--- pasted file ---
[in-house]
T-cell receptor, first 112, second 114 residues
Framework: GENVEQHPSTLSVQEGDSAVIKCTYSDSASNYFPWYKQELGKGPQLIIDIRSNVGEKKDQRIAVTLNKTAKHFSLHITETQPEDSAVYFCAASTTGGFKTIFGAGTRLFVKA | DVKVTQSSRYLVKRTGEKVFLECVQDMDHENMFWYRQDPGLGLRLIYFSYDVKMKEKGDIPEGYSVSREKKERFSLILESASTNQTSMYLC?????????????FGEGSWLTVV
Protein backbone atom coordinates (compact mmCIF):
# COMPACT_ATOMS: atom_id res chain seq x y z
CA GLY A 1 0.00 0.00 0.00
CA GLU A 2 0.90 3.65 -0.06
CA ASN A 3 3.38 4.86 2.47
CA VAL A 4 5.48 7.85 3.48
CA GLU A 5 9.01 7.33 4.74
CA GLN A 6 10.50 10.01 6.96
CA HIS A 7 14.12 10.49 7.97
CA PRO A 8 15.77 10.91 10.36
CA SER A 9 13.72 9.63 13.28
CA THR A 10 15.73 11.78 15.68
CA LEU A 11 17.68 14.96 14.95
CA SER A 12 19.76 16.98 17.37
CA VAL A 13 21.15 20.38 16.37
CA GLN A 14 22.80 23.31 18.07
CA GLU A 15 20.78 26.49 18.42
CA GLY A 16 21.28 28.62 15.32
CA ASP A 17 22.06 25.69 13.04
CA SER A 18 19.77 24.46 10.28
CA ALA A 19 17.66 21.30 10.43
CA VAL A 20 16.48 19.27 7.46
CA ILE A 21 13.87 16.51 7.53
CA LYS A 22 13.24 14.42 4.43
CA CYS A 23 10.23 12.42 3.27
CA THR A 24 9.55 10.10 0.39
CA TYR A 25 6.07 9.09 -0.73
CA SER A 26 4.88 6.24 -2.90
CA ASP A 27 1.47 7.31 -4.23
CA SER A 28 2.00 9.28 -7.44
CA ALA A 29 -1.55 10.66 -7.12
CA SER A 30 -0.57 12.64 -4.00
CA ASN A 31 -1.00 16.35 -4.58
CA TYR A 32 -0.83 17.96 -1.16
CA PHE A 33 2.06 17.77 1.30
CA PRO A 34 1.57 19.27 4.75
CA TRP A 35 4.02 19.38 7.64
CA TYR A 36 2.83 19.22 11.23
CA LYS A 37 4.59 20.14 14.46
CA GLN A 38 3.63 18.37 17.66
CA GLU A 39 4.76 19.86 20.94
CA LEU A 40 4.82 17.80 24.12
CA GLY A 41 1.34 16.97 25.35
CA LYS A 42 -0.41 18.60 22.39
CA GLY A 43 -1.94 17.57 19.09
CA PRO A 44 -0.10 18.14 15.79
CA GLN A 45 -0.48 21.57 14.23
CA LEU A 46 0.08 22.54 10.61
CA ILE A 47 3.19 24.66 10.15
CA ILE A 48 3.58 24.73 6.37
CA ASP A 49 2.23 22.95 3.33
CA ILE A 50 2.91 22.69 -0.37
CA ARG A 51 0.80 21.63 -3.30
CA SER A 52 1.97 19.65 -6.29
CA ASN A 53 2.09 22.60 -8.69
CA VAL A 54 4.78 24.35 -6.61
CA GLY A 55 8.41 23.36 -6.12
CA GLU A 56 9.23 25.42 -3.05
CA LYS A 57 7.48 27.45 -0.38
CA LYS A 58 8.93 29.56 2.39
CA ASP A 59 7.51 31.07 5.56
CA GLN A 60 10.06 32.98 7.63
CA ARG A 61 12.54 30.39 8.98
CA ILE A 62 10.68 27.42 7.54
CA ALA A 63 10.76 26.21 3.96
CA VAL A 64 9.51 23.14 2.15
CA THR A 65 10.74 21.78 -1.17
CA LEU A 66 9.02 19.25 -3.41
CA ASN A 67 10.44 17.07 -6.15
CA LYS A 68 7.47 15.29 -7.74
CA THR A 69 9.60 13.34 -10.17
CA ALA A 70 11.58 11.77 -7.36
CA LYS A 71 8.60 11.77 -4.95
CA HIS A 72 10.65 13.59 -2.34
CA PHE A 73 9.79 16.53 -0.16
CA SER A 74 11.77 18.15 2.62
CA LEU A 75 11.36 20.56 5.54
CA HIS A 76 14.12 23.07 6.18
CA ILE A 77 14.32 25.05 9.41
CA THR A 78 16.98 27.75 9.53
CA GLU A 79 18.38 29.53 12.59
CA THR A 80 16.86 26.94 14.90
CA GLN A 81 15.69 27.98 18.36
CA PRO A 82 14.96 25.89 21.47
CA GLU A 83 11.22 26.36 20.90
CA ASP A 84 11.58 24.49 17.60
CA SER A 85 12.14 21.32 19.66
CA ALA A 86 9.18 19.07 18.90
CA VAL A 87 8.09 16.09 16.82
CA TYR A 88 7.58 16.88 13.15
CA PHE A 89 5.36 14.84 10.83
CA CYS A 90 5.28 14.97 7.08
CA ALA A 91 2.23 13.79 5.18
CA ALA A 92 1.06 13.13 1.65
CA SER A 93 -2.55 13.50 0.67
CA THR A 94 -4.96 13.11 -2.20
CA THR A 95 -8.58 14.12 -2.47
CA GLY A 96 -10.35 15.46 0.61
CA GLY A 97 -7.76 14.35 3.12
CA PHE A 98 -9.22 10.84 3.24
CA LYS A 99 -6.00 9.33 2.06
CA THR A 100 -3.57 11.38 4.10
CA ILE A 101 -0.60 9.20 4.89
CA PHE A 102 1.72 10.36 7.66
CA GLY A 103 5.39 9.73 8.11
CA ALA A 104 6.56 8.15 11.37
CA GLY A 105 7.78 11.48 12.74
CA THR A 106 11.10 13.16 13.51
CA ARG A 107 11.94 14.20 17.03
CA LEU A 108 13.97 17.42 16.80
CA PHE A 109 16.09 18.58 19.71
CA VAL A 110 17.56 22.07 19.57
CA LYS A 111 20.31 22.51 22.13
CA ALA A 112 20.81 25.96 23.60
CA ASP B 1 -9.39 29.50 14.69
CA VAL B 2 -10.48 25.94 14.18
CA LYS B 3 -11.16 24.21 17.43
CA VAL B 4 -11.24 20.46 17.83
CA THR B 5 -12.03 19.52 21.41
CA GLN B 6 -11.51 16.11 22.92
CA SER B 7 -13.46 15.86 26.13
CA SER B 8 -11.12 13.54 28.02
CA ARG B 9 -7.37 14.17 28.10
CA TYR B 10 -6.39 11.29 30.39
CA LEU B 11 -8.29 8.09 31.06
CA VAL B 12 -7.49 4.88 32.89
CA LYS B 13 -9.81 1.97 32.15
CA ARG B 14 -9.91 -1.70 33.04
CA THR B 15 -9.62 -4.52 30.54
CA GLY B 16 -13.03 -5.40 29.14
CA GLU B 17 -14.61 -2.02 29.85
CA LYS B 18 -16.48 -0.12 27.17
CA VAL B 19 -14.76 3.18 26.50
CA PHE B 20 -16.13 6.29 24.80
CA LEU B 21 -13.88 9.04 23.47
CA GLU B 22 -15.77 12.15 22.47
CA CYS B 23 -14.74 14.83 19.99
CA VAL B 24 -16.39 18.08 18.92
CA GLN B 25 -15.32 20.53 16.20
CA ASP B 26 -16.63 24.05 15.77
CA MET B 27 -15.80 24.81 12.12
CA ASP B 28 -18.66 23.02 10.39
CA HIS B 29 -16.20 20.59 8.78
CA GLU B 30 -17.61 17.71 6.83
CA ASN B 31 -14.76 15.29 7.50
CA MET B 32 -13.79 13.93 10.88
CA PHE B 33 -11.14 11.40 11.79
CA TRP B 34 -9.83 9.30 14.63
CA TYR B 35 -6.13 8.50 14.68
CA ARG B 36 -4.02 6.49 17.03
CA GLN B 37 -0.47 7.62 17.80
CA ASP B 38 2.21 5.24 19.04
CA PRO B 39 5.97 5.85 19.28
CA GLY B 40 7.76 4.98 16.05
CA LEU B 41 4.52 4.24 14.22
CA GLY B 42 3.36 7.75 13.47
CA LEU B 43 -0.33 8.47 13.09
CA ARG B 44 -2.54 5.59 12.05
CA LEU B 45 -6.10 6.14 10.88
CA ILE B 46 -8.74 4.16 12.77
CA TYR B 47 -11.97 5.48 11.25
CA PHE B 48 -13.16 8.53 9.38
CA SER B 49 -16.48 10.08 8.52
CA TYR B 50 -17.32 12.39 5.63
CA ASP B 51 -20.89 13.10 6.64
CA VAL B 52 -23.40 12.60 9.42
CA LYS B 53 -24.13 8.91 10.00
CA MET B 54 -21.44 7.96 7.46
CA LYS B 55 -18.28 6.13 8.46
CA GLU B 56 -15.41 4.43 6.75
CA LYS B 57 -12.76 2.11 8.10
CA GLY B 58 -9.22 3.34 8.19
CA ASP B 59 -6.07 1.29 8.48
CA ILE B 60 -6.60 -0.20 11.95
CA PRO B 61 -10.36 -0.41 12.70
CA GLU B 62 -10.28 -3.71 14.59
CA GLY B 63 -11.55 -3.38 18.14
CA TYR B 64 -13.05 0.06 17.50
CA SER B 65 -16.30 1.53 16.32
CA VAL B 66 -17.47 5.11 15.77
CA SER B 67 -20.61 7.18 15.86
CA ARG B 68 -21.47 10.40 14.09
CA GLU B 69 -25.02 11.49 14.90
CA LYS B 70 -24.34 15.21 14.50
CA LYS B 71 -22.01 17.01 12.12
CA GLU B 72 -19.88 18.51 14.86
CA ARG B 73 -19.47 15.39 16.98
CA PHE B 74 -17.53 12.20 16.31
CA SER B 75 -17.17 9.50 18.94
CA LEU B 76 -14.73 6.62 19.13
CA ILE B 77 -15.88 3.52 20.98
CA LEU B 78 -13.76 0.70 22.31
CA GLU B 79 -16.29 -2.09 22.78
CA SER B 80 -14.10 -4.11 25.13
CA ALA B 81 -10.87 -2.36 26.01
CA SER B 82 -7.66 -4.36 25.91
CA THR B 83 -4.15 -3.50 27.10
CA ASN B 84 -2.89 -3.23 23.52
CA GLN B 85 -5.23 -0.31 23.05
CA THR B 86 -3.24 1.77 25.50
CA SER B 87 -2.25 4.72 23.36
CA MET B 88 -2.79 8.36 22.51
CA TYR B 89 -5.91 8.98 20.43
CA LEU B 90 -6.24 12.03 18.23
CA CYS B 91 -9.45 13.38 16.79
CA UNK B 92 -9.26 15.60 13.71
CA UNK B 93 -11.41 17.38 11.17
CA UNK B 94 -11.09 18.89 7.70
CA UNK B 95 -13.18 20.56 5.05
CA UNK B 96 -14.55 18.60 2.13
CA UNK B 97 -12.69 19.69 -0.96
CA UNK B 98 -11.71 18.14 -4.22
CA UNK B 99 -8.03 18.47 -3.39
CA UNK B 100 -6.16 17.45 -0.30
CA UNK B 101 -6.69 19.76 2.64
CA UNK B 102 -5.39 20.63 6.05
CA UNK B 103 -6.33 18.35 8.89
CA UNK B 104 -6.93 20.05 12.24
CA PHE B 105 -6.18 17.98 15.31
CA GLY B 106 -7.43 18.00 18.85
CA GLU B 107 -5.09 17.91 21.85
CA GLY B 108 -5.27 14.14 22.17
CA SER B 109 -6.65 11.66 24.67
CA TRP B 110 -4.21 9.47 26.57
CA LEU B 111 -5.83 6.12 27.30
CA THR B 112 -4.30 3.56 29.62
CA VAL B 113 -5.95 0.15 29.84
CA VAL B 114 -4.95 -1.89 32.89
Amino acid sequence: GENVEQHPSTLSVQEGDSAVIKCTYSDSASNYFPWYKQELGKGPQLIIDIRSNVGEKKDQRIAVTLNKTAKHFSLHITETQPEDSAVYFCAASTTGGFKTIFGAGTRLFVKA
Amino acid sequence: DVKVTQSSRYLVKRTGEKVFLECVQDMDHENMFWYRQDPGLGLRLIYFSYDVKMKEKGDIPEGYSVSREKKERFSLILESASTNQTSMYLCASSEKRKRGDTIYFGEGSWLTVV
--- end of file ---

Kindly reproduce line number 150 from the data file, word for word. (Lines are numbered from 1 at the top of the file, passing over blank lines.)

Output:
CA PHE B 33 -11.14 11.40 11.79